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STUDY: Meat, dairy and rice production will bust 1.5C climate target

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We already know that livestock production has a disproportionate contribution to climate change – even using traditional metrics, in 2021 we showed that 57% of emissions from the food system arise from animal agriculture, said Prof Pete Smith, at the University of Aberdeen, UK.

DAMIAN CARRINGTON: Climate-heating emissions from food production, dominated by meat, dairy and rice, will by themselves break the key international target of 1.5C if left unchecked, a detailed study has shown. The analysis estimated that if today’s level of food emissions continued, they would result in at least 0.7C of global heating by the end of the century, on top of the 1C rise already seen. This means emissions from food alone, ignoring the huge impact of fossil fuels, would push the world past the 1.5C limit.

The study showed that 75% of this food-related heating was driven by foods that are high sources of methane, ie those coming from ruminant livestock such as cattle, and rice paddy fields. However, the scientists said the temperature rise could be cut by 55% by cutting meat consumption in rich countries to medically recommended levels, reducing emissions from livestock and their manure, and using renewable energy in the food system.

Previous studies have shown the huge impact of food production on the environment, particularly meat and dairy, but the new study provides estimates of the temperature rises their emissions could cause. These could be a significant underestimate, however, as the study assumed animal product consumption would remain level in the future but it was projected to rise by 70% by 2050…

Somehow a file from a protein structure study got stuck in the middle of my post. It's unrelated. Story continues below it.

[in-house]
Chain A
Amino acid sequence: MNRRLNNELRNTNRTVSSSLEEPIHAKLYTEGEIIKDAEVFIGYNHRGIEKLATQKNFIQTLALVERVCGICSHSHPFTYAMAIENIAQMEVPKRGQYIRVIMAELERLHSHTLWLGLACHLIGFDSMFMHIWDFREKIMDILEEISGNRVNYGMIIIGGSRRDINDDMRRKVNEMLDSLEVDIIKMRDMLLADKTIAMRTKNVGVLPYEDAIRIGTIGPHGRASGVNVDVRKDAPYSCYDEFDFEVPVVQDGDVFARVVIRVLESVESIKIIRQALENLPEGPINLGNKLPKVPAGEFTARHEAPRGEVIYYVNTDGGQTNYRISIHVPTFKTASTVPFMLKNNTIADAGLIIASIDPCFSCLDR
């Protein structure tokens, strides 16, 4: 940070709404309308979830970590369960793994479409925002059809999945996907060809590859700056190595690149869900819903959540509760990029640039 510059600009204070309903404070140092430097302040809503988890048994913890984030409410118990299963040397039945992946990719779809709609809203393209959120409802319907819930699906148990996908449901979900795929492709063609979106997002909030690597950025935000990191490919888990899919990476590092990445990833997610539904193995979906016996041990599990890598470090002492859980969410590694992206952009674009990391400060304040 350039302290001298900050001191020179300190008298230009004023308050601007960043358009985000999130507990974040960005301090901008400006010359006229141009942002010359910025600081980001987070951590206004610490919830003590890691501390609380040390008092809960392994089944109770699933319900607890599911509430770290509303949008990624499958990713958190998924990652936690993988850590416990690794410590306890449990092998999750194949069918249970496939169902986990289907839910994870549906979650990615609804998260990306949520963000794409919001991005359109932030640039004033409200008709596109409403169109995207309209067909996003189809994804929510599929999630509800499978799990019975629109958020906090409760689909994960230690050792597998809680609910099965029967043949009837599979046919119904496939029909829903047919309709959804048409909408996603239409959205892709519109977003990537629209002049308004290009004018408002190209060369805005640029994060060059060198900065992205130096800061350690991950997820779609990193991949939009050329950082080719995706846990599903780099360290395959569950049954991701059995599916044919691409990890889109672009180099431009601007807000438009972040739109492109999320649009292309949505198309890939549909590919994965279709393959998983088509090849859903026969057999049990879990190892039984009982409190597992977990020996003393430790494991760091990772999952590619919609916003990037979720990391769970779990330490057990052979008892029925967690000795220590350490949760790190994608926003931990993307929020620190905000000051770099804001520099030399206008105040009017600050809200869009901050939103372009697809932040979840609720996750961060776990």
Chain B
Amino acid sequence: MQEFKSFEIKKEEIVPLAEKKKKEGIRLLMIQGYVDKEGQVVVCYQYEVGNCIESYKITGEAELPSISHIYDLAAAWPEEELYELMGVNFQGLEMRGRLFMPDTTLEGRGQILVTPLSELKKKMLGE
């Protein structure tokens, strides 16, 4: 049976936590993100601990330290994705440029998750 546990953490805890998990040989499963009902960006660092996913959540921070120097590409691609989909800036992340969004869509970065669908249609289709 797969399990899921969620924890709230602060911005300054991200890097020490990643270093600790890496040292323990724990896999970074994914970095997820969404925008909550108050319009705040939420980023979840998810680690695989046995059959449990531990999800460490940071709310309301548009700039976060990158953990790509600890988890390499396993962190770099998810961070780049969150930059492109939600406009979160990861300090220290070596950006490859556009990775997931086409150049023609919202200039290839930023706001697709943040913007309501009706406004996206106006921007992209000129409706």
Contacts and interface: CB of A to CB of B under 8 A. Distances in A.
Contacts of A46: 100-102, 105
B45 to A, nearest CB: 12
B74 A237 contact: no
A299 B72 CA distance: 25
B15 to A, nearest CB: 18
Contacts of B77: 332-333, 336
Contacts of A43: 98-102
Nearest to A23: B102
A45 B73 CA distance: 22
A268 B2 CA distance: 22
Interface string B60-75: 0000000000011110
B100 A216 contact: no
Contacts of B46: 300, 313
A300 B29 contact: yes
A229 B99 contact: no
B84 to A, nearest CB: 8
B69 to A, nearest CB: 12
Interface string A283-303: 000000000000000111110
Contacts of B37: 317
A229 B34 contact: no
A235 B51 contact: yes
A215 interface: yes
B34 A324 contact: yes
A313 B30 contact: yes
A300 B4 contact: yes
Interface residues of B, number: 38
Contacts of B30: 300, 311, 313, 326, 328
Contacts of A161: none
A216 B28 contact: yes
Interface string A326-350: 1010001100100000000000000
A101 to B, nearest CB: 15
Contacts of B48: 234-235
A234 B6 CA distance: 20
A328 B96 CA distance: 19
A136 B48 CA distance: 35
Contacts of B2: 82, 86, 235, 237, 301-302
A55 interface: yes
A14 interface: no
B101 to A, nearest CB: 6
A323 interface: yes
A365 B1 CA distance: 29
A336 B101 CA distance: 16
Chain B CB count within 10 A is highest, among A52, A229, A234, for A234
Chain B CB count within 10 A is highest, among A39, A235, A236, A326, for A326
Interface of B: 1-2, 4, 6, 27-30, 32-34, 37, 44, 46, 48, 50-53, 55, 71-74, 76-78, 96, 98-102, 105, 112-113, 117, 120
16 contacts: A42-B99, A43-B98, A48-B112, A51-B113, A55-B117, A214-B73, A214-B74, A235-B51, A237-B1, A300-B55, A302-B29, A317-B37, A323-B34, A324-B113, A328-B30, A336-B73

The research, published in the journal Nature Climate Change, treated each greenhouse gas separately for 94 key types of food, enabling their impact on climate over time to be better understood. Feeding this emissions data into a widely used climate model showed that the continuation of today’s food production would lead to a rise of 0.7C by 2100 if global population growth was low, and a 0.9C rise if population growth was high…

“We already know that livestock production has a disproportionate contribution to climate change – even using traditional metrics, in 2021 we showed that 57% of emissions from the food system arise from animal agriculture,” said Prof Pete Smith, at the University of Aberdeen, UK. “This very neat study uses a simple climate model to show the disproportionate impact of methane emissions from agriculture on temperature increases, and throws light on the importance of reducing methane emissions from the food system”. SOURCE…

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